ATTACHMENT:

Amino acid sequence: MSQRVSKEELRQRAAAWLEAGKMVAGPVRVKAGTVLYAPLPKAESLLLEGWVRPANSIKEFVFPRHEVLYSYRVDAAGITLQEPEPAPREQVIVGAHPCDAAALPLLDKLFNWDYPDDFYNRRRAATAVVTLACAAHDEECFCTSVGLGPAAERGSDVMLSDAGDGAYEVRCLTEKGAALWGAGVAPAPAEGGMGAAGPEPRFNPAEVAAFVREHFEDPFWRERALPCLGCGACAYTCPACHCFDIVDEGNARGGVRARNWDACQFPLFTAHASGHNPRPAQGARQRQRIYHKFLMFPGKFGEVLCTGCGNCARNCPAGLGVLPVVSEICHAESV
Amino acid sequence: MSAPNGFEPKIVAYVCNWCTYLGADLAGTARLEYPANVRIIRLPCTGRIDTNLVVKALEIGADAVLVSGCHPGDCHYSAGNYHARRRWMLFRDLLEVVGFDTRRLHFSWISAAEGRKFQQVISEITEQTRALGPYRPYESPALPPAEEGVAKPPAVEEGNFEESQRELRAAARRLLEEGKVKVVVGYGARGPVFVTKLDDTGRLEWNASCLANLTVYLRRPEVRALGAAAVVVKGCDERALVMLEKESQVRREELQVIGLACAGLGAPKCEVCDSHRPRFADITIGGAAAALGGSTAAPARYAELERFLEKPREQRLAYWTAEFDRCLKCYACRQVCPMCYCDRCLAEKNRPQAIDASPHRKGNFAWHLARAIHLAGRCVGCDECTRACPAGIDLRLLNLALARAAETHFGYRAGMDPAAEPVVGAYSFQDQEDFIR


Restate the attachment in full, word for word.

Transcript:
Amino acid sequence: MSQRVSKEELRQRAAAWLEAGKMVAGPVRVKAGTVLYAPLPKAESLLLEGWVRPANSIKEFVFPRHEVLYSYRVDAAGITLQEPEPAPREQVIVGAHPCDAAALPLLDKLFNWDYPDDFYNRRRAATAVVTLACAAHDEECFCTSVGLGPAAERGSDVMLSDAGDGAYEVRCLTEKGAALWGAGVAPAPAEGGMGAAGPEPRFNPAEVAAFVREHFEDPFWRERALPCLGCGACAYTCPACHCFDIVDEGNARGGVRARNWDACQFPLFTAHASGHNPRPAQGARQRQRIYHKFLMFPGKFGEVLCTGCGNCARNCPAGLGVLPVVSEICHAESV
Amino acid sequence: MSAPNGFEPKIVAYVCNWCTYLGADLAGTARLEYPANVRIIRLPCTGRIDTNLVVKALEIGADAVLVSGCHPGDCHYSAGNYHARRRWMLFRDLLEVVGFDTRRLHFSWISAAEGRKFQQVISEITEQTRALGPYRPYESPALPPAEEGVAKPPAVEEGNFEESQRELRAAARRLLEEGKVKVVVGYGARGPVFVTKLDDTGRLEWNASCLANLTVYLRRPEVRALGAAAVVVKGCDERALVMLEKESQVRREELQVIGLACAGLGAPKCEVCDSHRPRFADITIGGAAAALGGSTAAPARYAELERFLEKPREQRLAYWTAEFDRCLKCYACRQVCPMCYCDRCLAEKNRPQAIDASPHRKGNFAWHLARAIHLAGRCVGCDECTRACPAGIDLRLLNLALARAAETHFGYRAGMDPAAEPVVGAYSFQDQEDFIR